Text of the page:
“This is the world we have, and there’s only a plan A,” Olmedo said.
Olmedo, a second-generation environmental-justice advocate, said he believes electric vehicles are one of the ways we can help “turn climate change around.”
“This is a planet that we need to conserve, we need to protect. And these are the technologies that are coming our way to make sure that they can they help us achieve that,” he said.
But Imperial County has, until recently, received very little investment in the zero-emission transportation industry.
“And that’s why Imperial today is in the very last, having the least per capita…of [electric vehicle] chargers in all California. And that’s egregious,” he said.
Statewide, more and more Californians are buying electric cars, but adoption is clustered in more urban areas.
State data shows zero-emission car sales have soared in the last 10 years – tripling from 2017 to 2021.
Nearly two-thirds of zero-emission cars bought in 2021 went to Los Angeles, Orange, Santa Clara, San Diego or Alameda County.
“This is stuff that has been available in abundance to large metropolitan areas, it just hasn’t been available to rural America, to rural California, in the way that has been available other places,” Olmedo said.
Maps of where charging stations are located, where people make the most money and where zero-emission cars are being sold all look very similar.
The similarity of these maps show that the spread of infrastructure has, in the past, happened in the same areas where people could afford these more expensive cars.
People in California ZIP codes in the lowest 25% bracket for median household income bought fewer than 30,000 zero-emission cars between 2018 and 2021. But people in the highest 25% bought more than 384,000 electric and plug-in hybrid cars.
“The same Californians who tend to live in communities most affected by air pollution, including pollution from trucks and cars, and other kind of on-road sources, they’re the same ones that you would think we should be getting the access to the clean vehicles. But that’s not always the case,” said Colleen Callahan, a researcher from the UCLA Luskin Center for Innovation.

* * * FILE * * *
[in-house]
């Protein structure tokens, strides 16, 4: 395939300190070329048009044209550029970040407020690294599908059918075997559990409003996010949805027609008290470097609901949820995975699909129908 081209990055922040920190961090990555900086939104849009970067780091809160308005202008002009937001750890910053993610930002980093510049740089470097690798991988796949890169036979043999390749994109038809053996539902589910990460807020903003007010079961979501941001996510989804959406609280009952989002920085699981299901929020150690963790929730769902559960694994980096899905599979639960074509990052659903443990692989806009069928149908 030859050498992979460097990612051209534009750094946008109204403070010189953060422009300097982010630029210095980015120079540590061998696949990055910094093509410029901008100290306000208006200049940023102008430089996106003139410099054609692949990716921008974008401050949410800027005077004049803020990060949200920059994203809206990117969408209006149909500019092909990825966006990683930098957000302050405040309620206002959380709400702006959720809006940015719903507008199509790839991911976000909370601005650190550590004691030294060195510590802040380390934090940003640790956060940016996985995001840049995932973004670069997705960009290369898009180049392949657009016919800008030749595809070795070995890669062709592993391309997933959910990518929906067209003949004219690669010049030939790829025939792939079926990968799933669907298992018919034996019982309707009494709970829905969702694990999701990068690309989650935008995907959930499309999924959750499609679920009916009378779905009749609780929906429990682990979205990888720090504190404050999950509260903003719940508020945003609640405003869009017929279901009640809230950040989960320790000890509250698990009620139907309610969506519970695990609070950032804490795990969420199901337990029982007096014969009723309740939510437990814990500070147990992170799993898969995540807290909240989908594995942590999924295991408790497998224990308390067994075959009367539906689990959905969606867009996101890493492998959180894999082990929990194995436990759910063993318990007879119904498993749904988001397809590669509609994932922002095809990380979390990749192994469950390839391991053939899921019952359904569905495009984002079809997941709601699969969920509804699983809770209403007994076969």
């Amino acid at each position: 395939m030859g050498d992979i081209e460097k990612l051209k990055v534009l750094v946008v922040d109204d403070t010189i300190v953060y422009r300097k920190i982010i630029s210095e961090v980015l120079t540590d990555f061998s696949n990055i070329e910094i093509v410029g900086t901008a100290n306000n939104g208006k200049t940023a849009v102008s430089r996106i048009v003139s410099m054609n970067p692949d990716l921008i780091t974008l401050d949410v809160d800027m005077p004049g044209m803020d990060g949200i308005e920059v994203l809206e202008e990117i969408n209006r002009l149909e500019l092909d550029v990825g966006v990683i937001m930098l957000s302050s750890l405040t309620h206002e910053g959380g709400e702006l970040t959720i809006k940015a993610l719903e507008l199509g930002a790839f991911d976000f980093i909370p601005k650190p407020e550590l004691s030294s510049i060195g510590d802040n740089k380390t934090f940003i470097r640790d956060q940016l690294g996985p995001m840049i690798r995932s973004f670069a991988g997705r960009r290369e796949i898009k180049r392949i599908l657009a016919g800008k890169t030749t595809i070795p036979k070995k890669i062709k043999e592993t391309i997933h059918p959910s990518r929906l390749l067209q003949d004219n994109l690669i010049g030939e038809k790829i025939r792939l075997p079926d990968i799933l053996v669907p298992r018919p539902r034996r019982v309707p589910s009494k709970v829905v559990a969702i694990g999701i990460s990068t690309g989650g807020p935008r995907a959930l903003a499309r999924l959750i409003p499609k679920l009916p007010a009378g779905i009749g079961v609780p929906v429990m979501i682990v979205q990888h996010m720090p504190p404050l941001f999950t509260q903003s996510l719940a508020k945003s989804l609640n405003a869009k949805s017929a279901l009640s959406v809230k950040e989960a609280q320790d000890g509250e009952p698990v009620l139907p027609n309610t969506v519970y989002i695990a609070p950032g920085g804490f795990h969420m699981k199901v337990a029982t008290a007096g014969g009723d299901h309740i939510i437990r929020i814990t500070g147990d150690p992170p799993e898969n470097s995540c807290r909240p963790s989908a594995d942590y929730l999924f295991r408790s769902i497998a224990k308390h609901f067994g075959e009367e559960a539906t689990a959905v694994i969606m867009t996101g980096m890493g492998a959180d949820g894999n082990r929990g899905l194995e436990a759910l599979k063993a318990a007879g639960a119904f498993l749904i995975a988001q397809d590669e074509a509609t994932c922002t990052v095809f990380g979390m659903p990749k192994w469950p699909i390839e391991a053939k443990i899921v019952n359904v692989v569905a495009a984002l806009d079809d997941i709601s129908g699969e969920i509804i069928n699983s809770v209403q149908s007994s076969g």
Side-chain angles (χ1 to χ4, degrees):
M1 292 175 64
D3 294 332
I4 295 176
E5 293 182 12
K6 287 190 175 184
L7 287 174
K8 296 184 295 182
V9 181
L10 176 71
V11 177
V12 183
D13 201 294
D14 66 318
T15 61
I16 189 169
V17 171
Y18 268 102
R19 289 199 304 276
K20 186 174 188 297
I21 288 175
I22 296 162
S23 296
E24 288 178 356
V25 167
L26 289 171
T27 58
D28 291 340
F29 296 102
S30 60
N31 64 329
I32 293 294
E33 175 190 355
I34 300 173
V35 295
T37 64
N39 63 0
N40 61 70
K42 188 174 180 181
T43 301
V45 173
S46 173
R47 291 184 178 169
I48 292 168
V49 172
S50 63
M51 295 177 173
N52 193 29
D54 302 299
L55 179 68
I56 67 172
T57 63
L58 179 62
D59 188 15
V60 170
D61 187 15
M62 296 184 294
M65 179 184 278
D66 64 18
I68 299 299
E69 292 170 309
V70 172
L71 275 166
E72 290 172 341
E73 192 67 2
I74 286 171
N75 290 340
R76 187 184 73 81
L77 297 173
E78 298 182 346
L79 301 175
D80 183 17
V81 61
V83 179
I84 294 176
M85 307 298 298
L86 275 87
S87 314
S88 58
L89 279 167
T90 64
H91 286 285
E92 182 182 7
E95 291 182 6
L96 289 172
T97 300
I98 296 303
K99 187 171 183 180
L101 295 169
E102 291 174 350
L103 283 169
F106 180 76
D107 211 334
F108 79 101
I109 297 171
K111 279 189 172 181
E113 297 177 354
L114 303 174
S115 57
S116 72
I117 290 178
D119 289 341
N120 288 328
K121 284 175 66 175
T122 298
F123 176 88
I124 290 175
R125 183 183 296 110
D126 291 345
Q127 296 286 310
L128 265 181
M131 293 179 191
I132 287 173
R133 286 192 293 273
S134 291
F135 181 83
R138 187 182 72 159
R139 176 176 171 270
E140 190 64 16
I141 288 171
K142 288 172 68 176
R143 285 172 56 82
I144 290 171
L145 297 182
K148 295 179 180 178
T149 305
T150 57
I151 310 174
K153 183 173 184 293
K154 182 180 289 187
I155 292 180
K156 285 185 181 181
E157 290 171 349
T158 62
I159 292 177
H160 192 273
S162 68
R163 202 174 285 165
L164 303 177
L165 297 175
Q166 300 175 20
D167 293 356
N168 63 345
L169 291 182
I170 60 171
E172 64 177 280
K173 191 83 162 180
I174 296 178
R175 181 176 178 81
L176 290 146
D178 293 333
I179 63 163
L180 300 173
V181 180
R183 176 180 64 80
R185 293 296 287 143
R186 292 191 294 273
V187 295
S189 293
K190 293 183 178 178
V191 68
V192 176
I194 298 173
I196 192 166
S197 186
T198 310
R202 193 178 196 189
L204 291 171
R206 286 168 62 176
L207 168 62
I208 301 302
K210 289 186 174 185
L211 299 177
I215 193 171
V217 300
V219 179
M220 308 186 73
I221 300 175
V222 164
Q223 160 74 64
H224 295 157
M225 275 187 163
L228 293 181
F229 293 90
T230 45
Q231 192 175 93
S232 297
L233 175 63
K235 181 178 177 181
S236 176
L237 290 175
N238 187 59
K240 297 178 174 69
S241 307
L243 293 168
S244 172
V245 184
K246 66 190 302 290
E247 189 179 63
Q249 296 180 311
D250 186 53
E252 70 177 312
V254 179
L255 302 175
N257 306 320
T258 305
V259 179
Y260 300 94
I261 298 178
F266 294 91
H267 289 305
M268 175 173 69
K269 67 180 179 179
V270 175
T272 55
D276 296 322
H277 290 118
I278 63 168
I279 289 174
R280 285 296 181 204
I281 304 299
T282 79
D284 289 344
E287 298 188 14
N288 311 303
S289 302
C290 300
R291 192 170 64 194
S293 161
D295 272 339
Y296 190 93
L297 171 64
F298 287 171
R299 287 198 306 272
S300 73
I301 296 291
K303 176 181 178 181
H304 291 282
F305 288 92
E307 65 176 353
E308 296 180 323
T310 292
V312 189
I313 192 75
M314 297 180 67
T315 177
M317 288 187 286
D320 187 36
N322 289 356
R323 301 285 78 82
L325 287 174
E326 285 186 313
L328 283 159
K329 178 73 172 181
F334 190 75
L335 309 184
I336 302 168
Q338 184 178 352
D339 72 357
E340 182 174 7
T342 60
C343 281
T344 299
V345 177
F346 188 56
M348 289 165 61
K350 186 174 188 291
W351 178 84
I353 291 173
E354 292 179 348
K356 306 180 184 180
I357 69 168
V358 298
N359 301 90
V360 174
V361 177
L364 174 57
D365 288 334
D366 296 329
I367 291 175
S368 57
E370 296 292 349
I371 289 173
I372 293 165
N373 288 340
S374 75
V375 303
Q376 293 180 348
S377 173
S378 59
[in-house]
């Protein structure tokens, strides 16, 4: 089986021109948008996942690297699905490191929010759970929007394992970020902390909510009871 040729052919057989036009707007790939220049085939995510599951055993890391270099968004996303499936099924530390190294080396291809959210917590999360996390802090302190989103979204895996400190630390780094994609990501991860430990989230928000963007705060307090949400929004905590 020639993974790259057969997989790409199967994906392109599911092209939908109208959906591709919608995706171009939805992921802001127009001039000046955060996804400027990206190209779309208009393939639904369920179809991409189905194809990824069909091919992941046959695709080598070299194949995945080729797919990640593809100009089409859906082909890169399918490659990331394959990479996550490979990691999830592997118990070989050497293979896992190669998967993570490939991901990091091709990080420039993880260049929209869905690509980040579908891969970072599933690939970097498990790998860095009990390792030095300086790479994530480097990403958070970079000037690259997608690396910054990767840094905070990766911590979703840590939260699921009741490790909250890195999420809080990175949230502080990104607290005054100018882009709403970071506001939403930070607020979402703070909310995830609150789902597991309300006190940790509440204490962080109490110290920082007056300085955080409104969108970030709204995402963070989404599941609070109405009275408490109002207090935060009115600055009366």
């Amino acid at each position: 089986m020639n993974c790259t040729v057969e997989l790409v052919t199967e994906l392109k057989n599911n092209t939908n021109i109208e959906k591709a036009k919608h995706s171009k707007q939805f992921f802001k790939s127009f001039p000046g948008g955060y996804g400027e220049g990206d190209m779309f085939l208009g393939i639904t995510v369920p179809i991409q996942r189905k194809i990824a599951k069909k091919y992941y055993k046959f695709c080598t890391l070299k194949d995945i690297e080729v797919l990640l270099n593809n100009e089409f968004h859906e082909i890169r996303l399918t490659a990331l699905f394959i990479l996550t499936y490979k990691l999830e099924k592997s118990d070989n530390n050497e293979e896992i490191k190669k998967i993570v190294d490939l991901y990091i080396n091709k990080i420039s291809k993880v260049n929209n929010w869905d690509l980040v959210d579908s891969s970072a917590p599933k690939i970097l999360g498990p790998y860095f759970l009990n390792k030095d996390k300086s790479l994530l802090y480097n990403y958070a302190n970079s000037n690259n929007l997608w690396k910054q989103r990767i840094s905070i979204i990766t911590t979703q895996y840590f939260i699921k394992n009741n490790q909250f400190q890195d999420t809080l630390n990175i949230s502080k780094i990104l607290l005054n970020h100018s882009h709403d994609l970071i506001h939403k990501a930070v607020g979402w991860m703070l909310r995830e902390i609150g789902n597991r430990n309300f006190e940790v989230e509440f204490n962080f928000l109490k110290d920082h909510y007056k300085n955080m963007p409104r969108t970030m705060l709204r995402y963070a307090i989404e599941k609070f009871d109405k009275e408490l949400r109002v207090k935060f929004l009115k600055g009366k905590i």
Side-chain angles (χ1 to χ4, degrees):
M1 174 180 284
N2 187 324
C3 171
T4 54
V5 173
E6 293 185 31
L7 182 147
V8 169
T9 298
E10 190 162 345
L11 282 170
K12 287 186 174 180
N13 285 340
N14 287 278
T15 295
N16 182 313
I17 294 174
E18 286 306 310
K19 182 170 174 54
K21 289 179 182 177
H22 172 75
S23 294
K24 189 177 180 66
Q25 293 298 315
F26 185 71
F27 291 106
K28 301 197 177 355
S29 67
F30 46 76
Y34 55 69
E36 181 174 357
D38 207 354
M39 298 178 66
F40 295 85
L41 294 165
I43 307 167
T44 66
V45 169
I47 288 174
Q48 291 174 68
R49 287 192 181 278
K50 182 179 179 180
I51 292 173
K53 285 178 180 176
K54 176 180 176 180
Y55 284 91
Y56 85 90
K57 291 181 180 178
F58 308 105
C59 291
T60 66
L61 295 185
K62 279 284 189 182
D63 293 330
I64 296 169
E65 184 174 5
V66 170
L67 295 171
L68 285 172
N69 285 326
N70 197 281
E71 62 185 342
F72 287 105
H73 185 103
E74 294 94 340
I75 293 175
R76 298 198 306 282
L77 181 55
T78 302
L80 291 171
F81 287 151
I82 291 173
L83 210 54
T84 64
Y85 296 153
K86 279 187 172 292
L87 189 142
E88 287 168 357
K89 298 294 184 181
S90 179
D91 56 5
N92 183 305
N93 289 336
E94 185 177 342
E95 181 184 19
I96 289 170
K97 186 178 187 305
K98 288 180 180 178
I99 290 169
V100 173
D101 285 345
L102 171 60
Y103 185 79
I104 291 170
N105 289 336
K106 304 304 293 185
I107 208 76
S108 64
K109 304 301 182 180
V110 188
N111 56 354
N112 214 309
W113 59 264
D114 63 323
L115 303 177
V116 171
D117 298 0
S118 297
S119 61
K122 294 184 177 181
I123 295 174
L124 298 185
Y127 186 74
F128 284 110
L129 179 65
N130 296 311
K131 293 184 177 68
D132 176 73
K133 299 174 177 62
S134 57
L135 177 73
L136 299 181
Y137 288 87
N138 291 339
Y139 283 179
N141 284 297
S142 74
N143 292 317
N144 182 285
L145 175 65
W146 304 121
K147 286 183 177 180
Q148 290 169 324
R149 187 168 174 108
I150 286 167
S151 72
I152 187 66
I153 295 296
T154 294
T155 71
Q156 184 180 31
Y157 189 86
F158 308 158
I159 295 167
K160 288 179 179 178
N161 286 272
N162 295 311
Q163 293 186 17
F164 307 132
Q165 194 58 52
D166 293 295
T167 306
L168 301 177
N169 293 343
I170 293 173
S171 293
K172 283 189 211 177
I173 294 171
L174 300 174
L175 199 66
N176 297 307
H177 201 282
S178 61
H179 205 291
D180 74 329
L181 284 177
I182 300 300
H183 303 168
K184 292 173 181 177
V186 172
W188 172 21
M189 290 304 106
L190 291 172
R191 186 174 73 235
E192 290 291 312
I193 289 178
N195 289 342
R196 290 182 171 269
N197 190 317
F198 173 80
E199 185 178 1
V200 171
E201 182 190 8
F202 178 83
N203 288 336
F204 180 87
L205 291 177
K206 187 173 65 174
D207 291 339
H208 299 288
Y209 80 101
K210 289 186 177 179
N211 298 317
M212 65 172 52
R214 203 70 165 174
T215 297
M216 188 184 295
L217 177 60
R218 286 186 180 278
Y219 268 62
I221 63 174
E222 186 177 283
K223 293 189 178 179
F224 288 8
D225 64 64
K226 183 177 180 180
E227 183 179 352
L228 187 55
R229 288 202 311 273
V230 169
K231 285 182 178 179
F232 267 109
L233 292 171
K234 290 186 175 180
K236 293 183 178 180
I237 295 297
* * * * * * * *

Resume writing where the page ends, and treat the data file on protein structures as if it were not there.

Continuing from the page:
Ed Kim, president of automotive market research firm AutoPacific, said two things need to happen:
“The cost of the vehicles needs to come down, but the infrastructure needs to go up,” he said.
Building out the infrastructure
Patty Monahan from the California Energy Commission said infrastructure for electric vehicles is the biggest challenge.
“We had over 100 years to build out refueling for gasoline vehicles. And now we want to do that in the next 10 years,” she said.
Monahan also noted that the state will need 1.2 million public and shared electric vehicle chargers by 2030, and state data as of the end of April showed just under 80,000 chargers.
“So, we have a long way to go in terms of building out that infrastructure to meet the needs of the future fleet of zero emission vehicles that are coming,” Monahan said.
President Biden’s infrastructure plan includes nearly $400 million for California over five years to help build a network of charging stations.
But Monahan says the state is investing even more money.